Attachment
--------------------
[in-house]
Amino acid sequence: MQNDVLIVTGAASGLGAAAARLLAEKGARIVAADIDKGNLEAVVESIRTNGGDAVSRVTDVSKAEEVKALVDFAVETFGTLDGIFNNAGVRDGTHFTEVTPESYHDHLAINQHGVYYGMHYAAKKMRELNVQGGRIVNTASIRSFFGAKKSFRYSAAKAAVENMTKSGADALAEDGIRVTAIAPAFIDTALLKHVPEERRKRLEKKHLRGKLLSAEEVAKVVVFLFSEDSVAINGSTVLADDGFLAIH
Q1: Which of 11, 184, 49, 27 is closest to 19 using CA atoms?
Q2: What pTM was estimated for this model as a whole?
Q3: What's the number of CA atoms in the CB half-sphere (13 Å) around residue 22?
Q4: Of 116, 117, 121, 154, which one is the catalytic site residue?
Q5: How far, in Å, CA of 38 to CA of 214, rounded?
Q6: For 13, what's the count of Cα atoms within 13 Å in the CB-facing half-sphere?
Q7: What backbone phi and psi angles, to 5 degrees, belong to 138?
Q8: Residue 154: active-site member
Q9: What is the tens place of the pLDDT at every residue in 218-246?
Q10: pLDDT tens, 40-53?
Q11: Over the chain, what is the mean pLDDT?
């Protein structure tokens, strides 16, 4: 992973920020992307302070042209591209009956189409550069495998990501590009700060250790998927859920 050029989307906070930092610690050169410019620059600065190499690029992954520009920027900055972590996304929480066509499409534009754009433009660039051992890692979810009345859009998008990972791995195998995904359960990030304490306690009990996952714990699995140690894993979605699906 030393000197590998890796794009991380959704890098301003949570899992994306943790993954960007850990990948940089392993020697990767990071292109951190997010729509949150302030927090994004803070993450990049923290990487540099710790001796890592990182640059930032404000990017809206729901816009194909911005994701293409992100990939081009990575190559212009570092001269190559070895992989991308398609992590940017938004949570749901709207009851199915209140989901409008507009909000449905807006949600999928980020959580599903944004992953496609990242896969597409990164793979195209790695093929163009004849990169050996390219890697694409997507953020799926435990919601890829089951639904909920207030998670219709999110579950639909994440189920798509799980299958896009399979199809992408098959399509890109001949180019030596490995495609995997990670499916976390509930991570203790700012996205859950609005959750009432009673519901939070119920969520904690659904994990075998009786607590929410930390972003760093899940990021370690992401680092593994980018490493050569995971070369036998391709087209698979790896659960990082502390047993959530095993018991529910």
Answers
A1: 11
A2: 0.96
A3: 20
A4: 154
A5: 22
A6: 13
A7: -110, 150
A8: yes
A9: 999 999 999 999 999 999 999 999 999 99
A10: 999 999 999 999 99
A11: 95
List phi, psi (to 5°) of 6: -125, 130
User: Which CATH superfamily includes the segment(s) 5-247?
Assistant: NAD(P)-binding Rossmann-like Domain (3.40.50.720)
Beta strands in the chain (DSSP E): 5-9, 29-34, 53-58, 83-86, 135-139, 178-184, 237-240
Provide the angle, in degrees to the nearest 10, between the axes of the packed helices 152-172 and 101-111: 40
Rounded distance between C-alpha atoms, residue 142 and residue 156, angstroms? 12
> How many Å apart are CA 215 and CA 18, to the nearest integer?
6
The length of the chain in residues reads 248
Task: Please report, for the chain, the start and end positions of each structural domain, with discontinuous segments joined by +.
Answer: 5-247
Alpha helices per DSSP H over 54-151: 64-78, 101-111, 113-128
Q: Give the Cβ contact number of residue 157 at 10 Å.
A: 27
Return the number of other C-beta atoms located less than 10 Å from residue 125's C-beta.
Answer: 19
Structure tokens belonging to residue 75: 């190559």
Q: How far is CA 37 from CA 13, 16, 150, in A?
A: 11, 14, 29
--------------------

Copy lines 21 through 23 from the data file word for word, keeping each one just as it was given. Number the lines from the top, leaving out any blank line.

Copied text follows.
A6: 13
A7: -110, 150
A8: yes